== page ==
Page 12, 25th November 1966

25th November 1966
Page 12
Page 12, 25th November 1966 — FIFTH form pupils at the Blessed John Houghton secondary school,
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FIFTH form pupils at the Blessed John Houghton secondary school,

which opened two years ago at Kirk Hallam, Derbyshire. have taken their first public examinations consisting of 60 papers, without a single failure.

A REQUIEM Mass was held at St. Mary's Church, Derby, on Monday for Mr. Beniard Fox, who died aged 66. He was a founder member of Derby council of the Knights of St. Columbia, and was its Grand Knight from 1947 to 1950.

WORK has started on the first stage of a new monastery church at Worth Abbey, near Crawley New Town, Sussex. This stage will cost £74,000 and is due to be completed in November next year.

DURING the week's mission at Si. Theodore's Church, Gossops Green, Crawley New Town, Sussex, a special Bible service and Mass for Church unity was attended by the curate-in-charge of the Anglican Church or St. Alban. the Rev. J. Richardson, and some of his parishioners.

QT. WILFRED'S SCHOOL,

Crawley Ncw Town. Sussex, is expected to be declared comprehensive in September next year. said Mr. J. N. Winstanley the headmaster on speech day. He added, however. that for some years it had been operating on comprehensive lines. The Abbot of Worth, Dom Victor Farwell. presented the prizes.

MRS. MARY KEENE, of the

Sacred Heart Parish, Bristol, has joined husband, Mr. Joseph Keene, as a holder of the Bene Merenti medal. She has organised the annual flag day for the Little Sisters of the Poor and Nazareth House for 25 years. Mr, Keene was awarded the honour several years ago, for 50 years service to church choirs in Bristol and Cardiff,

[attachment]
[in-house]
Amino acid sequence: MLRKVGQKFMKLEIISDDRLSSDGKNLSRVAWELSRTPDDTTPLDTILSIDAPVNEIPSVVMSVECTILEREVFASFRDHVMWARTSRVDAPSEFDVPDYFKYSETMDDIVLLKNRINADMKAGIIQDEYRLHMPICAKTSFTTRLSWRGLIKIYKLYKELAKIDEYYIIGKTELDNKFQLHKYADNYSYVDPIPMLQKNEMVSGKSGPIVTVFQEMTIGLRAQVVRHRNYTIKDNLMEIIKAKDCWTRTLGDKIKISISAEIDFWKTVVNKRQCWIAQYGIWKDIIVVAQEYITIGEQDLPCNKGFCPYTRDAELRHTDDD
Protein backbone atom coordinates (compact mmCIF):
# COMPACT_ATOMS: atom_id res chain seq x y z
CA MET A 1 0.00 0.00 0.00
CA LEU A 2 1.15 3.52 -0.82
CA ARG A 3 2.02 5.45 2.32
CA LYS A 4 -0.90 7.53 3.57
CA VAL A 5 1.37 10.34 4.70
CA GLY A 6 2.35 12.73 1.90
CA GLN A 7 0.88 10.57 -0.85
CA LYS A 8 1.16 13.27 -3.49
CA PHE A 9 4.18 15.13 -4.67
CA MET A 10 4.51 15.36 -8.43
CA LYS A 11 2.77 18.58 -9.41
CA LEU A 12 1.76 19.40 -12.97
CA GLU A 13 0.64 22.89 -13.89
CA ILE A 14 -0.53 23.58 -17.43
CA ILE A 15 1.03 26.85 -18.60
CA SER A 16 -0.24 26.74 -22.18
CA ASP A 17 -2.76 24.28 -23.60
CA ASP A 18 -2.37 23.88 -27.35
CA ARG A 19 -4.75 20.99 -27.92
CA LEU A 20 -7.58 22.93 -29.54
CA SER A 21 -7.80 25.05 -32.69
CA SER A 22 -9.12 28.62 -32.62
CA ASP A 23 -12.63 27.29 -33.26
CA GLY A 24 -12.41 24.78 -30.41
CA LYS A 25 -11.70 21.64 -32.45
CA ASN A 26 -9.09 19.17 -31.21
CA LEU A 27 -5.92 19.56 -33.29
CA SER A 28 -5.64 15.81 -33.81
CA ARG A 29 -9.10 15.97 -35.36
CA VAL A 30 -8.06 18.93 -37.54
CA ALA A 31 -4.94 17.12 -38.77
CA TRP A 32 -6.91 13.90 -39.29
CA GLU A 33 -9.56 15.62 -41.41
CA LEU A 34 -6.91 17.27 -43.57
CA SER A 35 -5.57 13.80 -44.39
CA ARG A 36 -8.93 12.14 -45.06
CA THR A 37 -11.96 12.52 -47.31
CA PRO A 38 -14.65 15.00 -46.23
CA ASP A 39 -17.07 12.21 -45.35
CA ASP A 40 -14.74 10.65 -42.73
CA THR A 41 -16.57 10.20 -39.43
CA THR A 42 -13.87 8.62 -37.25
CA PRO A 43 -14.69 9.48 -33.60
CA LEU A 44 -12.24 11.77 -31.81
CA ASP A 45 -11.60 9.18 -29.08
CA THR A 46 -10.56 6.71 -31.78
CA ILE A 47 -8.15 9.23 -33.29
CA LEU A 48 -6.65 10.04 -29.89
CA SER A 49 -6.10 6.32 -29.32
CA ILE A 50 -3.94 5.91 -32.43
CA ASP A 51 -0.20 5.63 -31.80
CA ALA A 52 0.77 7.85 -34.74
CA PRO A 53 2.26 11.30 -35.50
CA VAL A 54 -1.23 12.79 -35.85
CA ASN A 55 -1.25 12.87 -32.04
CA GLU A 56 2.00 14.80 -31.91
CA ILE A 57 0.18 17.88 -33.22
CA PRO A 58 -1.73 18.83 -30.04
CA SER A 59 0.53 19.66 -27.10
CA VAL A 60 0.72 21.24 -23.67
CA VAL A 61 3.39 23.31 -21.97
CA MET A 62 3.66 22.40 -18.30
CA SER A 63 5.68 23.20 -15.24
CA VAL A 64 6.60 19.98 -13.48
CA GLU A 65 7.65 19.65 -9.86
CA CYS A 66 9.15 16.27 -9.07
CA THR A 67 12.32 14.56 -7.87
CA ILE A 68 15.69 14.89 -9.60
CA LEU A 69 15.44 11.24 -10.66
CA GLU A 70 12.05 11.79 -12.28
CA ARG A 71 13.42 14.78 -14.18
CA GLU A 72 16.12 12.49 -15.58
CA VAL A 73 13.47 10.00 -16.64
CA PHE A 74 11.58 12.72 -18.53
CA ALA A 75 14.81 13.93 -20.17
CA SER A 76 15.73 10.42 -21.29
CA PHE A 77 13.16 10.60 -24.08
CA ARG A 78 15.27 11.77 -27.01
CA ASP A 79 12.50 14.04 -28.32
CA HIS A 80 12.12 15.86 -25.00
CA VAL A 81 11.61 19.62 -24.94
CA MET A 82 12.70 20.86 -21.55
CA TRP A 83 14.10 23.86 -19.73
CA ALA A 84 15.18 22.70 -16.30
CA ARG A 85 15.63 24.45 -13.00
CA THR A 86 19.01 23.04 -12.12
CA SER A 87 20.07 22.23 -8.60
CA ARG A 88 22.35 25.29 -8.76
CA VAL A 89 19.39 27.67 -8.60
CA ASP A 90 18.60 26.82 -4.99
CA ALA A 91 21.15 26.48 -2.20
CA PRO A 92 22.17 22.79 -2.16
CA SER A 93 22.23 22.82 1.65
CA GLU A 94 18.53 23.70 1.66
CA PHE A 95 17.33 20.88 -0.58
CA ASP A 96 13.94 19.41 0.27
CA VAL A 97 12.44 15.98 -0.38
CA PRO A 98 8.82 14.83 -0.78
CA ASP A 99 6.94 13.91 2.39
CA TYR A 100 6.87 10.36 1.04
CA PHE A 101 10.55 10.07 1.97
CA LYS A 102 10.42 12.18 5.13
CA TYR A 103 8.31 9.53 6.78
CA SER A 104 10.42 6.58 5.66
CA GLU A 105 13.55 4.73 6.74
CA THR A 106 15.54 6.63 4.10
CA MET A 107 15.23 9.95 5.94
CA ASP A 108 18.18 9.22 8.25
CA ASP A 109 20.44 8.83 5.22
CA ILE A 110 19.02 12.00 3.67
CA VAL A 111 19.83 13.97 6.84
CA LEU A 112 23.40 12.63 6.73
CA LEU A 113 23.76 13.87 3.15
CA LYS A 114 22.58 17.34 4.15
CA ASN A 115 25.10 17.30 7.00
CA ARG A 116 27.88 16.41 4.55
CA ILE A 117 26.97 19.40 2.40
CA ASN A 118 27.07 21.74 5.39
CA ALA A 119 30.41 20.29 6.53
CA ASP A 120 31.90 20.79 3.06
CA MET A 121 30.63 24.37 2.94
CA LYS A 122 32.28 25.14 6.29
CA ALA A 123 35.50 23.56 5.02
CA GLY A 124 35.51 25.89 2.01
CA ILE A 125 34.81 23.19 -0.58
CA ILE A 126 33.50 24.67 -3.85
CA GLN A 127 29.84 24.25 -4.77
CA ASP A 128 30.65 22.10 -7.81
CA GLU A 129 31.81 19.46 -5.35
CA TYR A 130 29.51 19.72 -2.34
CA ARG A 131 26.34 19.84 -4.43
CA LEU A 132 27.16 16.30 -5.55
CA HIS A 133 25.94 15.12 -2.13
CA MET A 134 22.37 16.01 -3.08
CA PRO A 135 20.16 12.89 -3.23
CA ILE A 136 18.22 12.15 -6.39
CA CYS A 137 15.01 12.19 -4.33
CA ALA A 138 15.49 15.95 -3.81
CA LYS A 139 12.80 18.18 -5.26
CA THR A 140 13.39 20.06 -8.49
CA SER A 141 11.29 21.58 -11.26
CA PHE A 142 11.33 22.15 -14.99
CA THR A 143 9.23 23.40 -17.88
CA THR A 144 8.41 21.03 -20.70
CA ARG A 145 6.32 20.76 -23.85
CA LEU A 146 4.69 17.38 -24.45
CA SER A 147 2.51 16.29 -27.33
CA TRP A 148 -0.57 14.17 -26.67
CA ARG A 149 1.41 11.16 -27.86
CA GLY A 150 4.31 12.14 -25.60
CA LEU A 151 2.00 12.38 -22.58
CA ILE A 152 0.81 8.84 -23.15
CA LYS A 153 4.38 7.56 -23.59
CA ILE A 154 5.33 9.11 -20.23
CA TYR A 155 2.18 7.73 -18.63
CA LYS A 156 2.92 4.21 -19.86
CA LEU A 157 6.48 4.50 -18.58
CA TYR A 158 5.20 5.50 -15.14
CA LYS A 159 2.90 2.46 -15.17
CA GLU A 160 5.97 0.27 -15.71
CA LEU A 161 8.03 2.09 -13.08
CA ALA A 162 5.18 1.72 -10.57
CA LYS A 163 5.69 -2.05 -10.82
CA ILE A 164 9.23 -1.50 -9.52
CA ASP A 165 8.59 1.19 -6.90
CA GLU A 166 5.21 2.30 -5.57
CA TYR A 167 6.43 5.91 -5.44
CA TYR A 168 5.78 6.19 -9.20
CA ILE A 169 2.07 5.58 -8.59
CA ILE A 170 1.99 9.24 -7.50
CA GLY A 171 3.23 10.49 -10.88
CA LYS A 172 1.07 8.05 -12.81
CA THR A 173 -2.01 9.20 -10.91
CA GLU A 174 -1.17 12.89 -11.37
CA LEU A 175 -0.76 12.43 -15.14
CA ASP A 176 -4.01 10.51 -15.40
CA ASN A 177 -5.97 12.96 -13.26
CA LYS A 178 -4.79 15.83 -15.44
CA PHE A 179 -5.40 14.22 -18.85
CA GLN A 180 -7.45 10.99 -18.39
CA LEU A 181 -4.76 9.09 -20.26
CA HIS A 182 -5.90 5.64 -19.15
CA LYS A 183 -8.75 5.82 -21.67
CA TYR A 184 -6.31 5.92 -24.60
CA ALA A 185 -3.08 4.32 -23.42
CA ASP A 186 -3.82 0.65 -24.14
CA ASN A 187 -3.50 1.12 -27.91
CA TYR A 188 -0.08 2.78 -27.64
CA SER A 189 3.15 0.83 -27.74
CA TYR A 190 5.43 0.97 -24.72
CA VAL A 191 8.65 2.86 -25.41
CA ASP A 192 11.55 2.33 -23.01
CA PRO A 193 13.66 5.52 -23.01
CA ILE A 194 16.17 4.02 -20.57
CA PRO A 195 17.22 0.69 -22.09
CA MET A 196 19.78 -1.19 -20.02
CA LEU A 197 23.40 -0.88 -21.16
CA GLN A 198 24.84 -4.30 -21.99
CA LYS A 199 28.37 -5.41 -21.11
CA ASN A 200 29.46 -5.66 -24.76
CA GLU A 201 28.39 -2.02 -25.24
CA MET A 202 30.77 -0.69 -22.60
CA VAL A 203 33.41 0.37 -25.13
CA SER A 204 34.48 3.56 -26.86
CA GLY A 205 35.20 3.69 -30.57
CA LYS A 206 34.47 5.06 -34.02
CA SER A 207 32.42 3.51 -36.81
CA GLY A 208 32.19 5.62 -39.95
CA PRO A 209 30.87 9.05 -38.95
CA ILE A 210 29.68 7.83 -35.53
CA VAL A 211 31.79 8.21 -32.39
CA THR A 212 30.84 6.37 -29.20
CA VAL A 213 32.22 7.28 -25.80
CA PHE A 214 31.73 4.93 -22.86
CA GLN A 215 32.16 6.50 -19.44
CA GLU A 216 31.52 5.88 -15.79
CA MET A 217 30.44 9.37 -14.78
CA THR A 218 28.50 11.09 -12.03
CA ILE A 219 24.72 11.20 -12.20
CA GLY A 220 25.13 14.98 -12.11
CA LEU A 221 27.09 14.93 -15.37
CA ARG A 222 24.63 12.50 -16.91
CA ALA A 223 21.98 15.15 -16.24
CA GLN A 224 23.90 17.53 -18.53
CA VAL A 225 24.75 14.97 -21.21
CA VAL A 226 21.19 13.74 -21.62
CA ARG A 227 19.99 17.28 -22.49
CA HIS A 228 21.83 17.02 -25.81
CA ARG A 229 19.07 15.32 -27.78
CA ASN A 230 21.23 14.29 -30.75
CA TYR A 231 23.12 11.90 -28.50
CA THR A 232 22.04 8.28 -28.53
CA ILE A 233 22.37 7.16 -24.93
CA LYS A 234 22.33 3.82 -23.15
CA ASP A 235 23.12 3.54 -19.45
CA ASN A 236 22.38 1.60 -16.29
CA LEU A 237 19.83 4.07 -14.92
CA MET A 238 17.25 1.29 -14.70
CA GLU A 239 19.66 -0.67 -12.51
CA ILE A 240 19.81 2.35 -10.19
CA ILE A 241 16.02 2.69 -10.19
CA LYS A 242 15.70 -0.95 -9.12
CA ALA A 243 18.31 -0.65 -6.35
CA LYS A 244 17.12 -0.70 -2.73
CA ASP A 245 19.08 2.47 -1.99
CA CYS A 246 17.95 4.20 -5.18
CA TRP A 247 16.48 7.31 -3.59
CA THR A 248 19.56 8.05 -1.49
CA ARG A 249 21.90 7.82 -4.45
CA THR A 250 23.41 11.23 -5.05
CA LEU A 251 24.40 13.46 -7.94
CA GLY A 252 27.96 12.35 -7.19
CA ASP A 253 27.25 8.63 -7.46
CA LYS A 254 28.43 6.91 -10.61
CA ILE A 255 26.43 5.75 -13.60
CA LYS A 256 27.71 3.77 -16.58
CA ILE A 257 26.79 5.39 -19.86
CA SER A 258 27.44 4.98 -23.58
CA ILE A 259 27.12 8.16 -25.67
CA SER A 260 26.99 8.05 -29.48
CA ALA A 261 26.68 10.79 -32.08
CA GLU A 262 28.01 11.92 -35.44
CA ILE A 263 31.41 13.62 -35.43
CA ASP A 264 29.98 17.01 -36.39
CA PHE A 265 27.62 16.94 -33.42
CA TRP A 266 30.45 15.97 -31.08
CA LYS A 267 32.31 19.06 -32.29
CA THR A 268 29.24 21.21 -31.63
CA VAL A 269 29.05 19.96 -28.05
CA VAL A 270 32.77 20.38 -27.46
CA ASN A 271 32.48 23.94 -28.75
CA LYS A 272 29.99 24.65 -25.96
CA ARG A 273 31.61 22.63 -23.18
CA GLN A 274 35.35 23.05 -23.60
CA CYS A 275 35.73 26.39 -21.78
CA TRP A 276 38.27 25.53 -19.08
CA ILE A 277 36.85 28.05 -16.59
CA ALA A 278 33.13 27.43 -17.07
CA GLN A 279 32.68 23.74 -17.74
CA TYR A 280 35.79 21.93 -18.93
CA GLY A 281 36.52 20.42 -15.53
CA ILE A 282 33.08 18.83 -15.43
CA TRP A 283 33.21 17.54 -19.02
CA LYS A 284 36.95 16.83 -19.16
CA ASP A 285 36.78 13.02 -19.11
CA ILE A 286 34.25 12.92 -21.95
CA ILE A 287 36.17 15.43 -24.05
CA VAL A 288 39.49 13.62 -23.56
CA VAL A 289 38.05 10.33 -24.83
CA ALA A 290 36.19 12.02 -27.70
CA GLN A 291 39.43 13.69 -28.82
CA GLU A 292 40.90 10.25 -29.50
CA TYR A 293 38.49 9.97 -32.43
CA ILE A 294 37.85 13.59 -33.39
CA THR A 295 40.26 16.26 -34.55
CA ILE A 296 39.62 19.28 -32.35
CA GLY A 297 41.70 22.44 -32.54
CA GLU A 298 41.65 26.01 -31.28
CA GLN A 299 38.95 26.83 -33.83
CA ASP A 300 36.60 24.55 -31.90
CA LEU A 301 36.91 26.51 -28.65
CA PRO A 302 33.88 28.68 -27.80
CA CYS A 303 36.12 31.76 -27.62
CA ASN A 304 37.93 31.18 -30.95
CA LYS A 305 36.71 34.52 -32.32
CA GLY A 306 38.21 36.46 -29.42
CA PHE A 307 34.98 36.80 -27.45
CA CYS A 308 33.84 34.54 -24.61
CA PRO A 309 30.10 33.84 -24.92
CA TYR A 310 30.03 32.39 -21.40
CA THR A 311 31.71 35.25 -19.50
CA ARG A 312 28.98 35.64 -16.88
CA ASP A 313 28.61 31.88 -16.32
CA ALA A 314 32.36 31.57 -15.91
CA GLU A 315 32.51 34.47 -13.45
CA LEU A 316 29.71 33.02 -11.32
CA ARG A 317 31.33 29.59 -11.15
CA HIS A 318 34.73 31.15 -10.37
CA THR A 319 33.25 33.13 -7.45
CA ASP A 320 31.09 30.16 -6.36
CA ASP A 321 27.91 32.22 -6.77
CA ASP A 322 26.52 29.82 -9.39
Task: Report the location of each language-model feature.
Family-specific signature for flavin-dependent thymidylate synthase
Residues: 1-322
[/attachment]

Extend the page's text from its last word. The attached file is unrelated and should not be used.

DR. HUMPHREY PALMER,

Lecturer in Philosophy at Cardiff University, will give the next talk in the BBC's Secular Christianity Debate on the Third Programme on Monday under the title "Mind Your Language," His theme will be the need to use simpler terms in discussions on "radical theology."

LIELP THE AGED has sent 11 20,000 garments to the Italian Red Cross in Milan for distribution among the old people who have been left homeless and destitute following the 'Italian floods.

THE Oxford Catholic Chap' laincy Appeal Committee reports a generous response to its Mansion House luncheon last month, The amount contributed or promised so far by the luncheon guests is £3.700 (bringing the total for the appeal to

£136,000), Contributions are still being received by Mr. J. K. B, M. Nicholas at Brasenose College Oxford.

A TEMPORARY tenant for ' Beaumont College, soon to he vacated by the Jesuits, has been found. The Maly Ward College will move into the buildings next September for one year, it was announced last week. The move is planned to bridge the gap until the new Maly Ward College is ready in 1968.